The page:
BuiltWithNOF
Tip Five

Tip 5: OOOH!! That Ferret Smells.

When properly maintained your ferret should not smell any stronger than your dog, just different.

First some background:

Ferrets have a natural musky odor. The intensity of that odor varies with several factors. Spayed and Neutered Ferrets will not smell as strong as complete unaltered ferrets. Fortunately most pet ferrets come altered. Descenting also reduces the natural smell but mostly makes it so your ferret canít spray. Yes ferrets that are not descented can spray similar to a skunk, although the odor only lingers 10-30 minutes.

Female ferrets usually have less odor than males.  There are two reasons for this male ferrets produce more oils and due to their physical size one male can produce as much smell as two females.

Controlling the odor:

Donít bathe your ferret unless there are unusual circumstances, like he got into the cupboard and spilled the honey then rolled in it.  Ferrets like cats are good natural groomers.  Bathing will wash away the oils and dry the skin which in turn causes the ferret to produce more oil.  Many people notice an increase in the smell after they give a bath.

Change the bedding.  If you keep the bedding clean the oils donít build up in the bedding then get back on the ferret. You should change your ferrets bedding 1-2 per week depending on cage size.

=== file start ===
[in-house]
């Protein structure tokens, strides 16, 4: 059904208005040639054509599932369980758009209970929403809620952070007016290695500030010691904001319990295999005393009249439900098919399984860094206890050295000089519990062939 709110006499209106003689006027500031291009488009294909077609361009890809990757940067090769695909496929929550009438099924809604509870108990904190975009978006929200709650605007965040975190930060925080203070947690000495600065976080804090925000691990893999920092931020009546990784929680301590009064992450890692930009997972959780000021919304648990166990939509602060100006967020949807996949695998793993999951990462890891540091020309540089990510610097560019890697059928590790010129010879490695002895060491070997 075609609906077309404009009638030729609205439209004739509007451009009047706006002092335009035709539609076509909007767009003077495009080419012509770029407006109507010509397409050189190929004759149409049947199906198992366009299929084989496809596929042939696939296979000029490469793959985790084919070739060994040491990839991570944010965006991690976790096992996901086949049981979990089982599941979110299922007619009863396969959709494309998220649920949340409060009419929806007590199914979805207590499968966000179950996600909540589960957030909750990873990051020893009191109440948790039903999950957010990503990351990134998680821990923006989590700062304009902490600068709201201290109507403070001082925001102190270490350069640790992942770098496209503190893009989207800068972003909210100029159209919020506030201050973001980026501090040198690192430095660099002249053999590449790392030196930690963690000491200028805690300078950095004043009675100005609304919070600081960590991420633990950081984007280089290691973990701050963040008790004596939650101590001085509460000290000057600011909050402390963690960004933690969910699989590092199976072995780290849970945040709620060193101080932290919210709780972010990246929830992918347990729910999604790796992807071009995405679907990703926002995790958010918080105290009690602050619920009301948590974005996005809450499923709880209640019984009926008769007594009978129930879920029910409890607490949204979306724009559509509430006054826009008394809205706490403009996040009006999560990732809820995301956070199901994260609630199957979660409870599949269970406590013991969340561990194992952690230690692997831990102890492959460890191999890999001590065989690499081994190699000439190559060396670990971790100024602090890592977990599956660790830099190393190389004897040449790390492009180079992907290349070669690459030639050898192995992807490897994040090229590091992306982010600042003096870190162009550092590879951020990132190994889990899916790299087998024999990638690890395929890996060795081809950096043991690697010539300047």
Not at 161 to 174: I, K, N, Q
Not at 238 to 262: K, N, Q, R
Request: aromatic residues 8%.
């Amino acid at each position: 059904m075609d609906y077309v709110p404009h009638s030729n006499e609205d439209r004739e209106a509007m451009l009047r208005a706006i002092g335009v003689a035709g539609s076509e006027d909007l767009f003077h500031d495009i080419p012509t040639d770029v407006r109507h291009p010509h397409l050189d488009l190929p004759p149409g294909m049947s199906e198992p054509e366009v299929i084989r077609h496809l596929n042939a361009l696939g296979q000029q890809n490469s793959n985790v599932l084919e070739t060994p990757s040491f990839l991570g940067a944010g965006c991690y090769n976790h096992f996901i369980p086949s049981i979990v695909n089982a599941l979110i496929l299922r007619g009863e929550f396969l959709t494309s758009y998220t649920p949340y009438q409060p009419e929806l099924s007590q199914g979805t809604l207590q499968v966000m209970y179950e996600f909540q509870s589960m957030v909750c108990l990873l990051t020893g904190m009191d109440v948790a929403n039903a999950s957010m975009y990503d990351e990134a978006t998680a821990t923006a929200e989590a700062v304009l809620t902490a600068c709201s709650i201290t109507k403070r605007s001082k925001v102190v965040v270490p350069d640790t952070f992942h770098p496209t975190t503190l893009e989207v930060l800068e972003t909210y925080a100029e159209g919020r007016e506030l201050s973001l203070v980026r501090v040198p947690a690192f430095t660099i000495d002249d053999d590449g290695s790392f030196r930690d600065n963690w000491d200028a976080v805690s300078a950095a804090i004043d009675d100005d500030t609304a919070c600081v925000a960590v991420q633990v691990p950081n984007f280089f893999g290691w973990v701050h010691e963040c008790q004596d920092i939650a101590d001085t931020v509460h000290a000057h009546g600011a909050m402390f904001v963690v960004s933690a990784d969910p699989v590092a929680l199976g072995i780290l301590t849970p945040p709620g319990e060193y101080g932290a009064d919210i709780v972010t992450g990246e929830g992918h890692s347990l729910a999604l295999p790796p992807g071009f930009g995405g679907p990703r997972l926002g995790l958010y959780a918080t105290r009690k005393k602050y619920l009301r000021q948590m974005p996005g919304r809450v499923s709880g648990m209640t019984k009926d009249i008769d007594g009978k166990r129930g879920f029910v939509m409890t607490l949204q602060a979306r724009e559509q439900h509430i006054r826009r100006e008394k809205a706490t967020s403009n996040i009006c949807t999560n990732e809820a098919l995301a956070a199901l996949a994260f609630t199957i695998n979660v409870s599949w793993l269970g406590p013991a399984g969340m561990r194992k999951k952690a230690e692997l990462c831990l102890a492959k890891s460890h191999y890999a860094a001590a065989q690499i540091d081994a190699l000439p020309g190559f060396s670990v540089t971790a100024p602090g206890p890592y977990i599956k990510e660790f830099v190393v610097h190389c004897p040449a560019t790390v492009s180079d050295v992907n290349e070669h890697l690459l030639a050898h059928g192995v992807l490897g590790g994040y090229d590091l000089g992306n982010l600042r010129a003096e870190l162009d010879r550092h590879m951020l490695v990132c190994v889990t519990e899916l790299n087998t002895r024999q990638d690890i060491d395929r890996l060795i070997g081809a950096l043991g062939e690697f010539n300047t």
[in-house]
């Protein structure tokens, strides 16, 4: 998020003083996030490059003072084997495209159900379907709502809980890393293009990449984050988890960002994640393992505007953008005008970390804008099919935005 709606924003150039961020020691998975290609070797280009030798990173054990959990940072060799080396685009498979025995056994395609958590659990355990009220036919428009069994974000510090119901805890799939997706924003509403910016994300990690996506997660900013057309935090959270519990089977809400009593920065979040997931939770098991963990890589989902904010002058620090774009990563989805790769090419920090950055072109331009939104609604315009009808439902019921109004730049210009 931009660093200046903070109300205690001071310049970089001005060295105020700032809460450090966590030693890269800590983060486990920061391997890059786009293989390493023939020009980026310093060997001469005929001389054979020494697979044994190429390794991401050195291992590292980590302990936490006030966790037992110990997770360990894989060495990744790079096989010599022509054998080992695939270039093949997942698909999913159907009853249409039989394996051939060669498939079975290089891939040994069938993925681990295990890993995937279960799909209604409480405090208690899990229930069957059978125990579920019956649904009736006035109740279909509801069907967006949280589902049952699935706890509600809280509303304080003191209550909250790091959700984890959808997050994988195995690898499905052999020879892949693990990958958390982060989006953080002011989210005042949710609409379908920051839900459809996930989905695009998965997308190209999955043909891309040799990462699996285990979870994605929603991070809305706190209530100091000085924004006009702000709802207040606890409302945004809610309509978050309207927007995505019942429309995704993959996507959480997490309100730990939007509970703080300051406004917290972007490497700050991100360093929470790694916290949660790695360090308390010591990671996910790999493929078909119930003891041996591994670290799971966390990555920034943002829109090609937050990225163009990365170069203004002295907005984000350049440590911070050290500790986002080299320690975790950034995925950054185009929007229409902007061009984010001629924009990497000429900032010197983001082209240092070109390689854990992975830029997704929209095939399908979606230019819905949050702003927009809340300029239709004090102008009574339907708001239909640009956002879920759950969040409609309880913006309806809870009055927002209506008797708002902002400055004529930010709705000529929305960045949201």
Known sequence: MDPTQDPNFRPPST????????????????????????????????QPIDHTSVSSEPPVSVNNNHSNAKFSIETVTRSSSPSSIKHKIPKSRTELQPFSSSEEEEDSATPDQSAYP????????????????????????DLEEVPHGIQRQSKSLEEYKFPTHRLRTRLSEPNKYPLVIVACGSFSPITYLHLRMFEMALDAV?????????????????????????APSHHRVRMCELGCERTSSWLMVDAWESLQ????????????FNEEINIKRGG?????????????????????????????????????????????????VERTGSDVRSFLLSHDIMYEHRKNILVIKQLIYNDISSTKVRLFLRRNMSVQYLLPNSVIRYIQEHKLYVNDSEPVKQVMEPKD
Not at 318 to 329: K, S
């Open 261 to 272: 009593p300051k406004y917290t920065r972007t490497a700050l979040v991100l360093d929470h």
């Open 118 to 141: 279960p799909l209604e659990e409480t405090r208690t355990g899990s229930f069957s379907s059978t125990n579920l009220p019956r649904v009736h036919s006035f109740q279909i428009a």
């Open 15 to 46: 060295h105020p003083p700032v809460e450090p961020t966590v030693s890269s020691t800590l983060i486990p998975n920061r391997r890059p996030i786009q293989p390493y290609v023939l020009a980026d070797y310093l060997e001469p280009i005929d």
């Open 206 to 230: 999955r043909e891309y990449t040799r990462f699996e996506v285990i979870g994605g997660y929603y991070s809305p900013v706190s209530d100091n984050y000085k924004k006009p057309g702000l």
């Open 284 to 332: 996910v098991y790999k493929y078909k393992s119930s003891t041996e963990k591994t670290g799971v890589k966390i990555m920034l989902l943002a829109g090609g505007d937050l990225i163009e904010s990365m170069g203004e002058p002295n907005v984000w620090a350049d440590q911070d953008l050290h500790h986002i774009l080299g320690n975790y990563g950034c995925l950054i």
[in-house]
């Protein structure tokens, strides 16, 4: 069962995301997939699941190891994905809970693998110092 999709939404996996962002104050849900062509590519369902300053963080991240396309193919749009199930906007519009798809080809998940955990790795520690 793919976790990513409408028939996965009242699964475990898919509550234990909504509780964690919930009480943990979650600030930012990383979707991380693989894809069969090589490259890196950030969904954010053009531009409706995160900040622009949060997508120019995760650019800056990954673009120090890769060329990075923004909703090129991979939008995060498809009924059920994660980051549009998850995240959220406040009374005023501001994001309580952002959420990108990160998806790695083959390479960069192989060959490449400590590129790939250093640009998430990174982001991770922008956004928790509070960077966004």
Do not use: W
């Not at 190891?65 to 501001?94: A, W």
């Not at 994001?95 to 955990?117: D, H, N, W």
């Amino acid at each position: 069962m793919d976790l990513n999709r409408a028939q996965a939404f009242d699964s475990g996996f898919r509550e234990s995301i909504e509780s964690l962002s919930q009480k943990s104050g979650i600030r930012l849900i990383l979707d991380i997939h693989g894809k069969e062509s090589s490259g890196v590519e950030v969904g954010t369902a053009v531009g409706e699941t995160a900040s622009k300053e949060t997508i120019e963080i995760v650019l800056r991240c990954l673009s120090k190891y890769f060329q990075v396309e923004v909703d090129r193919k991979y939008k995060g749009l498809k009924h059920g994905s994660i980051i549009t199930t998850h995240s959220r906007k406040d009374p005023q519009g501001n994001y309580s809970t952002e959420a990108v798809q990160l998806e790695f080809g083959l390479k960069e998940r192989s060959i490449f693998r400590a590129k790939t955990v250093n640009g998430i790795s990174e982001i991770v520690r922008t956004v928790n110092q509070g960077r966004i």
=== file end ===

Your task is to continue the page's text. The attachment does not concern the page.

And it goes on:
Empty that litter pan. Although ferrets donít have all of the bacteria in their systems that cats and dogs do the litter will still smell if let go more than a day.

Feed a high quality food.  Ferrets are strict carnivores and canít digest vegetable fiber. Check the ingredients on the food you are feeding and make sure the first two preferably three ingredients are meat based. Rice and corn are just binders that allow the kibble to hold its shape.  The higher the meat content in the food the more digestible it will be to your little fuzzy and the less that ends up in the litter box.

In summary the best way to control your ferrets smell and keep it to natural levels is to bathe them only on occasion, a year or more between baths wonít hurt at all. Change the bedding frequently if you wonder if it is time to change the bedding it is. We get flannel sheets from the local thrift stores and cut them up to fit the cages. Keep the litter box clean. We recommend scooping daily.  Finally feed a good quality food.

 

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